Laugh as you may, Barney the Dinosaur had more going on under that thick purple head of his than you thought. Turns out by using songs as a teaching method, he was tapping into a fundamental part of children’s brains that responds to melody and beat. By doing so, it was significantly easier for children to recall the facts they’d learned.
Experts say exposure to music makes changes in the way your brain works; it opens up new patterns of thinking, and even improves cognitive functions that are non-music related. Let’s take a look at the surprising effects music can have on your mind.
- Ear Worms
We all know what it’s like to get that Katy Perry song stuck on an endless loop in your head (even though you might detest it). Typically the worst offenders are songs that are very simple – both melodically and rhythmically. It's almost always just a short clip of the song that your brain decides to replay over and over (and over).
Scientists refer to this phenomena as “ear worms,” and there aren’t solid findings yet on why exactly it occurs. Some theorize the neural circuits get stuck in a repetitive cycle. In extreme cases, ear worms have affected people’s ability to function. A small number of people have experienced trouble sleeping, working, and focusing due to the infinite loop of the song in their brain.
- Dopamine Release
Music has strong connections to the reward system in the brain. The striatum releases a chemical known as dopamine, which results in a feeling of pleasure. In fact, imaging of the brain has proven this process to be similar in fashion to the brain’s response to food or sex.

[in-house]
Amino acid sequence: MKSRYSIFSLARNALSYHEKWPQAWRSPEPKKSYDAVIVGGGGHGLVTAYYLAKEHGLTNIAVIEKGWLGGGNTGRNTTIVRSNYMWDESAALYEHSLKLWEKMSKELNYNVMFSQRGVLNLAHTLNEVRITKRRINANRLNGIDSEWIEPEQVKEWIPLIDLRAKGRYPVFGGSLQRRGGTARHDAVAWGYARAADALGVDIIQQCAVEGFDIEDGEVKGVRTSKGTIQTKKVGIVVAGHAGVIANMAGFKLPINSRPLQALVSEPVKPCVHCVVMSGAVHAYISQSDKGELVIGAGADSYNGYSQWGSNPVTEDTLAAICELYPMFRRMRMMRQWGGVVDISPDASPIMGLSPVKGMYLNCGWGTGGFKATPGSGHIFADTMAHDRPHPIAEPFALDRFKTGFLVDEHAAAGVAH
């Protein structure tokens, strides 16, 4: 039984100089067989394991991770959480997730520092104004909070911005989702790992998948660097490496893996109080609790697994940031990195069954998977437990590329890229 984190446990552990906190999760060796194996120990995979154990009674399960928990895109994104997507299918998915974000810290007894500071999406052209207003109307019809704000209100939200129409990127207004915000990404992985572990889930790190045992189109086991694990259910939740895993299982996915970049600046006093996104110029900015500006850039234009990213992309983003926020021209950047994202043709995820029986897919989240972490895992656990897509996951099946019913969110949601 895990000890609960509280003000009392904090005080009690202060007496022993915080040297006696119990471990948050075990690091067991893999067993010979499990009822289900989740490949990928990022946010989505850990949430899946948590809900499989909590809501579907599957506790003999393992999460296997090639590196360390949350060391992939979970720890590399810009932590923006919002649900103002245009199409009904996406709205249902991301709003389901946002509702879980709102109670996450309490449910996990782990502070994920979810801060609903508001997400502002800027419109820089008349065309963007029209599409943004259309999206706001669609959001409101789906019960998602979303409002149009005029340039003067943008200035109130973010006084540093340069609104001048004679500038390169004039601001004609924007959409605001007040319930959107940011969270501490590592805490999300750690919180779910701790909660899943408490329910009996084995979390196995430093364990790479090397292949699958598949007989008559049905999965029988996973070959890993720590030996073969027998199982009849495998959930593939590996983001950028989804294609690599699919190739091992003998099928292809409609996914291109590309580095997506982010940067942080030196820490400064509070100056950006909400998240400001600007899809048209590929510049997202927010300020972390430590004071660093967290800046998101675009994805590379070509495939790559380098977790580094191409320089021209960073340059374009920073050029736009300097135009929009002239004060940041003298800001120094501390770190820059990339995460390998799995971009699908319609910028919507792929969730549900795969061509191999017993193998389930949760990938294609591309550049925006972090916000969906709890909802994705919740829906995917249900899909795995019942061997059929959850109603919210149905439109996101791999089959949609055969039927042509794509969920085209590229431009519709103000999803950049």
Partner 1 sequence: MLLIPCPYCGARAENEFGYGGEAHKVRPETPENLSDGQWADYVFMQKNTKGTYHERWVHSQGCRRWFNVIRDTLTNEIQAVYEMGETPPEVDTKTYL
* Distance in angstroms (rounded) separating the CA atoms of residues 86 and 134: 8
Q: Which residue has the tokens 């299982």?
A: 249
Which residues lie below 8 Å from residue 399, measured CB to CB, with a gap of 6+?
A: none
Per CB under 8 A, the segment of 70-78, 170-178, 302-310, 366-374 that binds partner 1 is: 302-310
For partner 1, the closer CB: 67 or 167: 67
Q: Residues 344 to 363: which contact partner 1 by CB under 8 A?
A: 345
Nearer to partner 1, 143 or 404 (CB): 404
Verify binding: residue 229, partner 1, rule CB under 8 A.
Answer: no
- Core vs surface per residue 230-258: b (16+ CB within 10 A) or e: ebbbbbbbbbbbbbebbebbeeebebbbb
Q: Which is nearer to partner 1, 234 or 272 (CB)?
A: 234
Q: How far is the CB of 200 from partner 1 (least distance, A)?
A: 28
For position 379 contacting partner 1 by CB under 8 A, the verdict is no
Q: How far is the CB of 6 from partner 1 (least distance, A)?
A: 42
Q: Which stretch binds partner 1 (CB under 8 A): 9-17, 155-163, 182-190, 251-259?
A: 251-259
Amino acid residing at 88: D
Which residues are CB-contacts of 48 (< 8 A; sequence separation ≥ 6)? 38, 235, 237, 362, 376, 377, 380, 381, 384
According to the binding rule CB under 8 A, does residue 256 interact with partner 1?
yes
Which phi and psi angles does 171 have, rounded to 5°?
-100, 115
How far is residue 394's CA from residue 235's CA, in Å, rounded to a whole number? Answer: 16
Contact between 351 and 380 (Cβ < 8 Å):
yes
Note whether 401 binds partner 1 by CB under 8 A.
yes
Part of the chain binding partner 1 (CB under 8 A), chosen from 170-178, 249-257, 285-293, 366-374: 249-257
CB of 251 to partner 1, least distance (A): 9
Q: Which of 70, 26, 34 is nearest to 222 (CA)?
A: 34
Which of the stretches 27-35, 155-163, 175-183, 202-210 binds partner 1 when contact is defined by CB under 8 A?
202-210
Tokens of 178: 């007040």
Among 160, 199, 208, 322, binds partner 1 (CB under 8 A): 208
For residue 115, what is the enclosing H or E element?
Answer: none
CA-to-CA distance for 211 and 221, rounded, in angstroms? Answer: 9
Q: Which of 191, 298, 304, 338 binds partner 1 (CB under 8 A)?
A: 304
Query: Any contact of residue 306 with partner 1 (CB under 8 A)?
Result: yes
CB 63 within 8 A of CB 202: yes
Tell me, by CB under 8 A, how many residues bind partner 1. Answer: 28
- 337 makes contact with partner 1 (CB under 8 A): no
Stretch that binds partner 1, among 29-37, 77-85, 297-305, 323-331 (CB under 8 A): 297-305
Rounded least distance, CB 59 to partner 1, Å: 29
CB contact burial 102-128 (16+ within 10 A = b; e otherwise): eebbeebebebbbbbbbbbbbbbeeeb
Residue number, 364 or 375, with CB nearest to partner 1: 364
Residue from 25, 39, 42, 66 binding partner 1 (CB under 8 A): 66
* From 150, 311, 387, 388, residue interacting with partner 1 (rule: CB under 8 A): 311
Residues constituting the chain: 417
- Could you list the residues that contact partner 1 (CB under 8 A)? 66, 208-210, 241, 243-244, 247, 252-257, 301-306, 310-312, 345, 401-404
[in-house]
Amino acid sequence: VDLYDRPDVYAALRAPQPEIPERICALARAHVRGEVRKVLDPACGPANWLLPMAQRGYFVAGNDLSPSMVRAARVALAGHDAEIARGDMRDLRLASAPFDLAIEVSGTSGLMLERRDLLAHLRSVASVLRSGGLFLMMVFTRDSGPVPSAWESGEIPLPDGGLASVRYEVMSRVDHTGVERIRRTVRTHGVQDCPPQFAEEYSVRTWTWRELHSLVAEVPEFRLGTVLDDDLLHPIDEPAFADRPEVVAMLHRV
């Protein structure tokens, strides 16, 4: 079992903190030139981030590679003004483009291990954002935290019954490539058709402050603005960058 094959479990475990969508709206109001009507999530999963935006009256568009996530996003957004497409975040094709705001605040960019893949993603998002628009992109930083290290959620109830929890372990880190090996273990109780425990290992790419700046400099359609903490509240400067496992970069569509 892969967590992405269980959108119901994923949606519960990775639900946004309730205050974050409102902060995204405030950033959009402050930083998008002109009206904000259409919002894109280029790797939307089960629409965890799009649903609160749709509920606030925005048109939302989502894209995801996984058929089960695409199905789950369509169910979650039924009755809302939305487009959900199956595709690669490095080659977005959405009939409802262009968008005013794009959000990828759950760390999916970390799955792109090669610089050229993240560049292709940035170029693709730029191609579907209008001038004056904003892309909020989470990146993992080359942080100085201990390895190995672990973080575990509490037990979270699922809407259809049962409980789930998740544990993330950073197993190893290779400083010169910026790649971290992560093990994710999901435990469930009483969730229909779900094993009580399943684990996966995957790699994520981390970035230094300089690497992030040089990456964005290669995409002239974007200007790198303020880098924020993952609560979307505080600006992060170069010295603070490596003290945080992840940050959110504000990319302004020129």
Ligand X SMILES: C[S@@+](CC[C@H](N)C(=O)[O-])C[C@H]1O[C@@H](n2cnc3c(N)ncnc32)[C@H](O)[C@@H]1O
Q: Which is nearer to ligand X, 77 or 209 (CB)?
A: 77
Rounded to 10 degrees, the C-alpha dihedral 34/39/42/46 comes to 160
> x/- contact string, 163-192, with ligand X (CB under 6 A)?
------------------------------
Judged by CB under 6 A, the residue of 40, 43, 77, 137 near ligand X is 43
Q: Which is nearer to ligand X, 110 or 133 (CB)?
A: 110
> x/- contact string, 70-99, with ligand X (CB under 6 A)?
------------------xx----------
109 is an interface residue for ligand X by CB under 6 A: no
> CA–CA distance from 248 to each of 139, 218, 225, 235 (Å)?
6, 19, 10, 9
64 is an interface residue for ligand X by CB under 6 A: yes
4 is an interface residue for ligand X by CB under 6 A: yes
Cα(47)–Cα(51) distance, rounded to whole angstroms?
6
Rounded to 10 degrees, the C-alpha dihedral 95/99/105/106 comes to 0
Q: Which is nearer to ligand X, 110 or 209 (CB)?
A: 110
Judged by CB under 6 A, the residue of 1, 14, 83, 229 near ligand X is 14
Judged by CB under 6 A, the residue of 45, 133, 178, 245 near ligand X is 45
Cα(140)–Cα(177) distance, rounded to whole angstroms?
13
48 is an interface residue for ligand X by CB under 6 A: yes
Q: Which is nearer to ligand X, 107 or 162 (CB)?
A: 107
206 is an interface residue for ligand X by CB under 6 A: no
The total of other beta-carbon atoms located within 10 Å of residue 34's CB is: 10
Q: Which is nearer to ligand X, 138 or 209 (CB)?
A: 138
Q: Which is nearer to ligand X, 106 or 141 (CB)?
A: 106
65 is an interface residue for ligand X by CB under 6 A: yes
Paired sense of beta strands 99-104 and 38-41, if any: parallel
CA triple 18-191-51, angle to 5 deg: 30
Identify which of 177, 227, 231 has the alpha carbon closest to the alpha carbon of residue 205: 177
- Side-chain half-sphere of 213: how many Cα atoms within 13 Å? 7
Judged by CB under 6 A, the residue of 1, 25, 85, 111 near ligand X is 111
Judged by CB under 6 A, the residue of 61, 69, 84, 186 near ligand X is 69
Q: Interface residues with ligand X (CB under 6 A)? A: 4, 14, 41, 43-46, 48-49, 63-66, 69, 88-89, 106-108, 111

Something even more interesting is that dopamine is released from the dorsal striatum, an entirely different brain area, about 10-15 seconds before the peak pleasure in the striatum. This occurs because the brain enjoys feeling out its environment and making predictions about what’s coming next. Part of the pleasure experience is the in the brain’s ability to foresee.
- Power of the Beat
Studies have shown that when people move in synchronization to a beat, they’re increasingly apt to cooperate with each other while performing non-musical tasks. This may be part of the reason armies train by marching to a beat. Some have even theorized the original function of dancing in evolution was to create emotional bonds between groups of people.
Incredibly, the beat of music even appears to help people with motor disorders walk better. It allows patients to coordinate their movements to a rhythm. Similarly, Alzheimer’s sufferers have shown an improvement in memory through music. Because of this, the use of musical instruments is being investigated as a method of preventing or delaying dementia.
- Evokes Emotion
Have you ever listened to an old song and immediately been transported back in time to old memories? We associate songs with different events in our lives. Studies show that when a large number of people were surveyed, they mostly agreed on the emotions present in a piece of music.
This is the reason advertisers intentionally select music for their commercials, to make you feel a certain way (ever seen the Sarah Mclachlan animal cruelty ad?). Try utilizing music in your everyday schedule to benefit your morale. Crank up some energetic music at the start of your day, and for a wind-down try a soothing melody.
Music is a fundamental part of our lives. It brings people closer together, and literally enriches our minds. Try learning a new instrument, or simply taking the opportunity to listen to music daily. You may just find yourself reaping some of the brain benefits neurologists have been studying.
Tagg writes for CableTV.com, check them out for XFINITY Internet. He typically writes about parenting and technology. When he’s not writing or tinkering on the latest gadget, he’s an avid golfer. You can follow him on Twitter @CableTV.